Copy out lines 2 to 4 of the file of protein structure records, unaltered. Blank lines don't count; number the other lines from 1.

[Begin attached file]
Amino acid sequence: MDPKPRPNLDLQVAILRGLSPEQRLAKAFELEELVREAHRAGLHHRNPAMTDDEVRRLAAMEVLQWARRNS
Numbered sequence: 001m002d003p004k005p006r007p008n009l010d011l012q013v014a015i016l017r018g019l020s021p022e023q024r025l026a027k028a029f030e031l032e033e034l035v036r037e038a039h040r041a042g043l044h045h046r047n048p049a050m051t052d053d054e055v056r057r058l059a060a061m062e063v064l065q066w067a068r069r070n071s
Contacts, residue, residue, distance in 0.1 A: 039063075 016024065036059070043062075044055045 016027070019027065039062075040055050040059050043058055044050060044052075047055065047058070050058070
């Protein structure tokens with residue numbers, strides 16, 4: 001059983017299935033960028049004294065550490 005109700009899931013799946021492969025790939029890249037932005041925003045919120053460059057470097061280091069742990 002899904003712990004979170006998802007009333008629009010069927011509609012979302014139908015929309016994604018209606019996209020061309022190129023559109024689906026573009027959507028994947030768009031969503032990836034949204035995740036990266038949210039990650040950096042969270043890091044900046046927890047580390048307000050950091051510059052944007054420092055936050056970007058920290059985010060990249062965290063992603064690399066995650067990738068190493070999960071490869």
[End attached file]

Numbered sequence: 001m002d003p004k005p006r007p008n009l010d011l012q013v014a015i016l017r018g019l020s021p022e023q024r025l026a027k028a029f030e031l032e033e034l035v036r037e038a039h040r041a042g043l044h045h046r047n048p049a050m051t052d053d054e055v056r057r058l059a060a061m062e063v064l065q066w067a068r069r070n071s
Contacts, residue, residue, distance in 0.1 A: 039063075 016024065036059070043062075044055045 016027070019027065039062075040055050040059050043058055044050060044052075047055065047058070050058070
């Protein structure tokens with residue numbers, strides 16, 4: 001059983017299935033960028049004294065550490 005109700009899931013799946021492969025790939029890249037932005041925003045919120053460059057470097061280091069742990 002899904003712990004979170006998802007009333008629009010069927011509609012979302014139908015929309016994604018209606019996209020061309022190129023559109024689906026573009027959507028994947030768009031969503032990836034949204035995740036990266038949210039990650040950096042969270043890091044900046046927890047580390048307000050950091051510059052944007054420092055936050056970007058920290059985010060990249062965290063992603064690399066995650067990738068190493070999960071490869």